Jack and Jill went up the hill. Jack got robbed. Jill got jobbed.
It isn’t the classic nursery rhyme but it is what students may learn this year as school budgets across the country are gutted.
From Oshkosh, Wis. to Puyallup, Wash., schools will suffer the axe this year as districts and states continue to grapple with big budget holes due to the recession.
The Oshkosh School District, for example, is debating the closure of middle and elementary schools, larger classes and culling around 35 positions, according to WLUK-TV in Green Bay.
Oshkosh’s problems arose after Wisconsin ended the fiscal year with a $2.71 budget gap. Varying by state and district, schools are usually funded by a combination of local, state and federal money.
Thousands of miles away, the Puyallup School District faces a 21 percent budget cut that could result in layoffs, larger classes and a possible school closing, according The News Tribune in Tacoma, Wash.
“If we don’t get (money) from the state and if we don’t get it from our local taxpayers, we’ve got a
serious problem,” Deputy Superintendent Debra Aungst told the newspaper.
And these are just tiny examples of what is happening everywhere: schools are closing, teachers are being fired, classes sizes are growing, extra curricular classes are being cut, bus routes are dwindling, old textbooks are getting older and fees are being charged for sports that survive the knife.
It’s bad getting worse.
Without higher taxes or more federal money, states will cut kindergarten through high school education funding by 18.5 percent from 2009 through the 2011 fiscal year, which will slash public school funding by 8.7 percent, according to the University of Washington’s Center on Reinventing Public Education.
The center estimates states will spend $54 billion less on kindergarten through high school public education from last year through this year.
“Revenues are down and state budgets are being cut,” Dr. Marguerite Roza of the University of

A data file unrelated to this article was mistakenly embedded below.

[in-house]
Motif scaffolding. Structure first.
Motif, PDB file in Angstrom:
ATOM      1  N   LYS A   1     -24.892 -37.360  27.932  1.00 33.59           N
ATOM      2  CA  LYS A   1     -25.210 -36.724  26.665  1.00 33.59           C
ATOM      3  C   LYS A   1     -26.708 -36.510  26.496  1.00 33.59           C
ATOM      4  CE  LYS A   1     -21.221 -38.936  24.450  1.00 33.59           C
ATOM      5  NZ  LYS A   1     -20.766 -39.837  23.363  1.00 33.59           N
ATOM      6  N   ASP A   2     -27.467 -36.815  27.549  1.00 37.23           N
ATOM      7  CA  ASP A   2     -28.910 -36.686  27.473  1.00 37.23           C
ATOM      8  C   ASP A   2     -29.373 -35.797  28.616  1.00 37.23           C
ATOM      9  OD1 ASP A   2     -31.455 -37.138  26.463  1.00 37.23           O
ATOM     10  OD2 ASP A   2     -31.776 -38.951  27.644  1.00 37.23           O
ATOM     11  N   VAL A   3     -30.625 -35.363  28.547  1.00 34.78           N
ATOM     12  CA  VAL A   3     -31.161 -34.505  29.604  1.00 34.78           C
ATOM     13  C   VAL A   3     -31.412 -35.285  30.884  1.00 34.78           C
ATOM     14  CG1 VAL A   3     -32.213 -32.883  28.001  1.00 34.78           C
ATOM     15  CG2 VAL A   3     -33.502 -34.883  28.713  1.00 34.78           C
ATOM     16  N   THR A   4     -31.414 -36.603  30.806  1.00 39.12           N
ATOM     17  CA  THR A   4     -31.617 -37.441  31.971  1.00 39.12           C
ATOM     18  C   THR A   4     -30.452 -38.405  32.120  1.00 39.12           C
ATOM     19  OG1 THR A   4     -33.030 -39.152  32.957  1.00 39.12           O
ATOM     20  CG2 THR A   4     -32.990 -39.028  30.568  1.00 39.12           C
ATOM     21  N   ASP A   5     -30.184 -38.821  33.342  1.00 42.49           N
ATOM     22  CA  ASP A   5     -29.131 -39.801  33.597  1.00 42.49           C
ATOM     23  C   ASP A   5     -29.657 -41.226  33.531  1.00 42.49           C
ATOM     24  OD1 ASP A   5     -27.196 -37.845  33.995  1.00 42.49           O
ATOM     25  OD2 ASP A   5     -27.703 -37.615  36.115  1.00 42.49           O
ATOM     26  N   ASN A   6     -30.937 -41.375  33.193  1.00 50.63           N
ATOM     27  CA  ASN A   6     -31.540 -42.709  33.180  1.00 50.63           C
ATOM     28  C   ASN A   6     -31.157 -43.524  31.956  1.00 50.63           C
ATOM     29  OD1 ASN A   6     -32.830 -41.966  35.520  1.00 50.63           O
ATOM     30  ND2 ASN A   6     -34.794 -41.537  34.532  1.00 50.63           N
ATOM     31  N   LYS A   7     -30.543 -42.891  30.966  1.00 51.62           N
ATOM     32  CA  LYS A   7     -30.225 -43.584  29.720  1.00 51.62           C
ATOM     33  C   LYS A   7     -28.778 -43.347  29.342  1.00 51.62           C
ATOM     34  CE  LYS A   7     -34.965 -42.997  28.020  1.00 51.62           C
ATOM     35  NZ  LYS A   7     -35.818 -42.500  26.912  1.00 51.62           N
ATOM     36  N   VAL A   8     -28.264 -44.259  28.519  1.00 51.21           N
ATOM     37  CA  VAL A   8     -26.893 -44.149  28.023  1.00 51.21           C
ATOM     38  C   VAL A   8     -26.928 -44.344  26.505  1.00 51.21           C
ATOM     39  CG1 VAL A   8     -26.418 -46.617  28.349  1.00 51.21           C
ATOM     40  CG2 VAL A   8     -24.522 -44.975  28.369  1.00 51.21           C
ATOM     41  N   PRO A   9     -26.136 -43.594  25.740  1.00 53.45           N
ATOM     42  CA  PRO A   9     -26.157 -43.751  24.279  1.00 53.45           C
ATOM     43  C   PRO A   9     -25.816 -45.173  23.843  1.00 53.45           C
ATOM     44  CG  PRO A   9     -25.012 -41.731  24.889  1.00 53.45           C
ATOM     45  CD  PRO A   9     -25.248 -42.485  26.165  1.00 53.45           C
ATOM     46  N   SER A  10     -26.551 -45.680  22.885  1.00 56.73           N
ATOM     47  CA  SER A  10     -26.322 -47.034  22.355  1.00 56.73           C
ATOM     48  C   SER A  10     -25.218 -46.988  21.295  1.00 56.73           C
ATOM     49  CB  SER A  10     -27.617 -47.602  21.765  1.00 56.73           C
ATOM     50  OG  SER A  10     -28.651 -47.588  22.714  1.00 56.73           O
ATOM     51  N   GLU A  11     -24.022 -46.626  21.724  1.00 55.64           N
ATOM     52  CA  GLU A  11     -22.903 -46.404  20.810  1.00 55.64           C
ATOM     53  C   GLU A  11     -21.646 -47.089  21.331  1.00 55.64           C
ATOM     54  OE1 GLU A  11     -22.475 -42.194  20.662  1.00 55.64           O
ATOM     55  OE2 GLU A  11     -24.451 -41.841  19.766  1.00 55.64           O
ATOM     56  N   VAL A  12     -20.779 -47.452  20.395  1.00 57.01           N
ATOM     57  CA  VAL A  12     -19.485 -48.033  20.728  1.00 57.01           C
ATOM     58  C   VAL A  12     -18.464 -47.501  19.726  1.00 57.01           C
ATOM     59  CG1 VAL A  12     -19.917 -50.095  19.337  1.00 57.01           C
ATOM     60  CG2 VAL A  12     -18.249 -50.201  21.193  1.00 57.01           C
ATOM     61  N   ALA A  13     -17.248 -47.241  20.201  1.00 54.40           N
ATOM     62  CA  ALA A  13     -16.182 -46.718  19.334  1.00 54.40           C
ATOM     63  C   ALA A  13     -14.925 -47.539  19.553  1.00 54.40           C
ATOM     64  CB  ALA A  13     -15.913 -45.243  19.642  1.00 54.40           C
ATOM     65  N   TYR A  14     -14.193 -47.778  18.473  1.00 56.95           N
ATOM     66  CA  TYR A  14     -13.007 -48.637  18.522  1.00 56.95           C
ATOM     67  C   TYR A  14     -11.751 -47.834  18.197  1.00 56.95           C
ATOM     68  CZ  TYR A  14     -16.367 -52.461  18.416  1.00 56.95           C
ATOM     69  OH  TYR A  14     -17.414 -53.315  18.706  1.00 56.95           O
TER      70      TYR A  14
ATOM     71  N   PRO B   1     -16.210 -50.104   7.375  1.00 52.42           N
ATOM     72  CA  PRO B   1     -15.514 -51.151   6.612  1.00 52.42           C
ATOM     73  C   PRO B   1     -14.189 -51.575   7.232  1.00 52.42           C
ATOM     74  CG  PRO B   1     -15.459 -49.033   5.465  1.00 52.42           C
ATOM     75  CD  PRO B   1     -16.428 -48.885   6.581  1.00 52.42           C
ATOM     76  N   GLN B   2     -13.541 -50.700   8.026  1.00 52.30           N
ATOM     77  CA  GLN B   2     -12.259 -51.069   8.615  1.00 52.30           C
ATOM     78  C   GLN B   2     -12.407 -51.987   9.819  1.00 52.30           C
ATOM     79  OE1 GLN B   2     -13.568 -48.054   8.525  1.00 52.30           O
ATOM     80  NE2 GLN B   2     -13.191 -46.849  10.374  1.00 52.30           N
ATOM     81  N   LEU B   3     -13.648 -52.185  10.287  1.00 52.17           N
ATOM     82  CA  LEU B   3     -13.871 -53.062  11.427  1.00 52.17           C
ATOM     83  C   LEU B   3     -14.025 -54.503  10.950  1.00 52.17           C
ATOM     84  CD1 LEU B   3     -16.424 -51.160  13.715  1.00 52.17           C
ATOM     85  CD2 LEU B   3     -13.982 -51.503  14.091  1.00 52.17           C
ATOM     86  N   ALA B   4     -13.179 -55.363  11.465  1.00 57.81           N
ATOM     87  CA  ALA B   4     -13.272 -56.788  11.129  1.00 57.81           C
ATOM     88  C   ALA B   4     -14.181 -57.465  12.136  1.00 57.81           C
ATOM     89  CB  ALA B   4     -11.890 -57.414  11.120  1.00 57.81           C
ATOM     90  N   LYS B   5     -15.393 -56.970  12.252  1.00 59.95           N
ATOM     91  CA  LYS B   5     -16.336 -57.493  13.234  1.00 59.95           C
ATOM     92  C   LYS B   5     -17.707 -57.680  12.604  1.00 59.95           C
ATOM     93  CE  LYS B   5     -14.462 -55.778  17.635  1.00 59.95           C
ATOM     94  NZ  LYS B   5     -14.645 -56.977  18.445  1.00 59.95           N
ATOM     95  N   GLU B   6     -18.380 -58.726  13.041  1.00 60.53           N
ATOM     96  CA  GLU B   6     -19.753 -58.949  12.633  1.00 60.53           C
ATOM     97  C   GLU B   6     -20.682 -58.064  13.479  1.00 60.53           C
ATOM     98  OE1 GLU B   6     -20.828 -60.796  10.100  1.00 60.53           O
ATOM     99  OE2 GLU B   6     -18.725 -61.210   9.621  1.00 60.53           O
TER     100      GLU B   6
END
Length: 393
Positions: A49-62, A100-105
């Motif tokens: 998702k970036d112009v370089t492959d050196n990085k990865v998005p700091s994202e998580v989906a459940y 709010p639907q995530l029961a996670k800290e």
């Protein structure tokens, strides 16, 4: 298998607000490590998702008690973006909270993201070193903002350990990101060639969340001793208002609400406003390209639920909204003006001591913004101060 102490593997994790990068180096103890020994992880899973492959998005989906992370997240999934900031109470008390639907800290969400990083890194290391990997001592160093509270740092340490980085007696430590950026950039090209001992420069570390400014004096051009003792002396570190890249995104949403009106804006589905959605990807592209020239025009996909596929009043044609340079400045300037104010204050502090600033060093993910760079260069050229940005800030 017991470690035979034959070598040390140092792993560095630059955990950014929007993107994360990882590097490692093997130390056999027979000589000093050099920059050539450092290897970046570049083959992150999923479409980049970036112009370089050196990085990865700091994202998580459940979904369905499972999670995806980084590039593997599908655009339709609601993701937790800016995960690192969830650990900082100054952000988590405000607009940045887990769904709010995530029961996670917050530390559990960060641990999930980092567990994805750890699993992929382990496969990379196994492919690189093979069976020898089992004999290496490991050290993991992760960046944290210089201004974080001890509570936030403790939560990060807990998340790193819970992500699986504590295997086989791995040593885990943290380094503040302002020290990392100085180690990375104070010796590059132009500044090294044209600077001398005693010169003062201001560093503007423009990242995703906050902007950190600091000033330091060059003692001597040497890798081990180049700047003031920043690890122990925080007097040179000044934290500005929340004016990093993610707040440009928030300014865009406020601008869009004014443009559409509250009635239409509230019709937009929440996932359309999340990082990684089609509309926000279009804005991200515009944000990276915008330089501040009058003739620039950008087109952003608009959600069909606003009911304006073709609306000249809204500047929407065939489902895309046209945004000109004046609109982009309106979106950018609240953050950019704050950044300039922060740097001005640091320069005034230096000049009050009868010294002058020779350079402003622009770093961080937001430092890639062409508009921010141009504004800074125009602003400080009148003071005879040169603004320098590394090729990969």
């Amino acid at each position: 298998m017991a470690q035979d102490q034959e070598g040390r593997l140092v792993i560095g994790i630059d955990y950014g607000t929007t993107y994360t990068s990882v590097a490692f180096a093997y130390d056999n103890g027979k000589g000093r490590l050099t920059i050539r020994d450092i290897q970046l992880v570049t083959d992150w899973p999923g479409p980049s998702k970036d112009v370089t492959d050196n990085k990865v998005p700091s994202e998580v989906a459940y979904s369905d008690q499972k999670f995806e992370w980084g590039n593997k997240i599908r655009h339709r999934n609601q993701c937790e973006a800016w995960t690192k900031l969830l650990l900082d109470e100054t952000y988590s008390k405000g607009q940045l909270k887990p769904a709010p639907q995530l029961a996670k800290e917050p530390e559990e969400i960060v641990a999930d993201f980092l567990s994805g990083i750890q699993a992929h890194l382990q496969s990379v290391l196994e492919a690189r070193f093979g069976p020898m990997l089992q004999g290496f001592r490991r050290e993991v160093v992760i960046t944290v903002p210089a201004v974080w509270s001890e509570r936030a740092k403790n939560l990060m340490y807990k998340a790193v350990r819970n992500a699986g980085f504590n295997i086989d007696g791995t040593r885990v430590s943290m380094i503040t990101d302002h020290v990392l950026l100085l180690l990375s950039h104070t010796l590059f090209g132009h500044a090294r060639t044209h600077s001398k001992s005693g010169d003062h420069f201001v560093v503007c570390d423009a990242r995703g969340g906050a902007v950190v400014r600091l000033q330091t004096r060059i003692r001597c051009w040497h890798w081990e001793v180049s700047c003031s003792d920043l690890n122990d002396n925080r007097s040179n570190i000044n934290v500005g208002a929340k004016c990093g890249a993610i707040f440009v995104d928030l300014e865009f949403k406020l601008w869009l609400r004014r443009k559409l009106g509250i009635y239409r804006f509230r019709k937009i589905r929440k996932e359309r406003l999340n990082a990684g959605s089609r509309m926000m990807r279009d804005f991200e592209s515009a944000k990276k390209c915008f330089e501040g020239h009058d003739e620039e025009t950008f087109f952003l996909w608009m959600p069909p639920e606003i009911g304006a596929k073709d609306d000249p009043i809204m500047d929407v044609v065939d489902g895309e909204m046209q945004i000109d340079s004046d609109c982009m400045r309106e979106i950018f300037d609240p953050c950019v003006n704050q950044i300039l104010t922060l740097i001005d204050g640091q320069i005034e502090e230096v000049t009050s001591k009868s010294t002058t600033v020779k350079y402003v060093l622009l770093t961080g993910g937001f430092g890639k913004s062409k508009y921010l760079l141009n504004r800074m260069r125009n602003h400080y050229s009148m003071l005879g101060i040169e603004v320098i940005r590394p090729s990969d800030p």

Washington said in a recent statement. “We can’t exactly predict what each state will do in the coming years. But from a big picture perspective, we can get a sense of the magnitude of the problem.”
Roza said school districts may need to slash around 9 percent or 574,000 of jobs. However, fewer jobs would be lost if districts shorten the school day or cut pay.
Why are states slashing budgets? It’s the economy.
Due to the recession and drained reserves, state budgets are on the operating table because revenues from income taxes, sales taxes, and other sources have declined, according to The Center on Budget and Policy Priorities.
A way for states to deal with their money problems would be to raise taxes, which is usually unpopular with citizens (who vote) and economists.
Jack and Jill probably won’t get their jobs back anytime soon.
“Budget woes bringing tough cuts”
WLUK TV, fox11.online.com, Jan. 5, 2010
“Puyallup schools say levy failure would be ‘devastating'”
The News Tribune, Jan. 5, 2010
“Economic crisis impacts nations K-12 school ”
Center on Reinventing Public Education, University of Washington, Feb. 10, 2009
“Projections of State Budget Shortfalls on K-12 Public Education Spending and Job Loss”
Center on Reinventing Public Education, University of Washington, February 2009
“An Update on State Budget Cuts”
Center on Budget and Policy Priorities, Dec. 18, 2009
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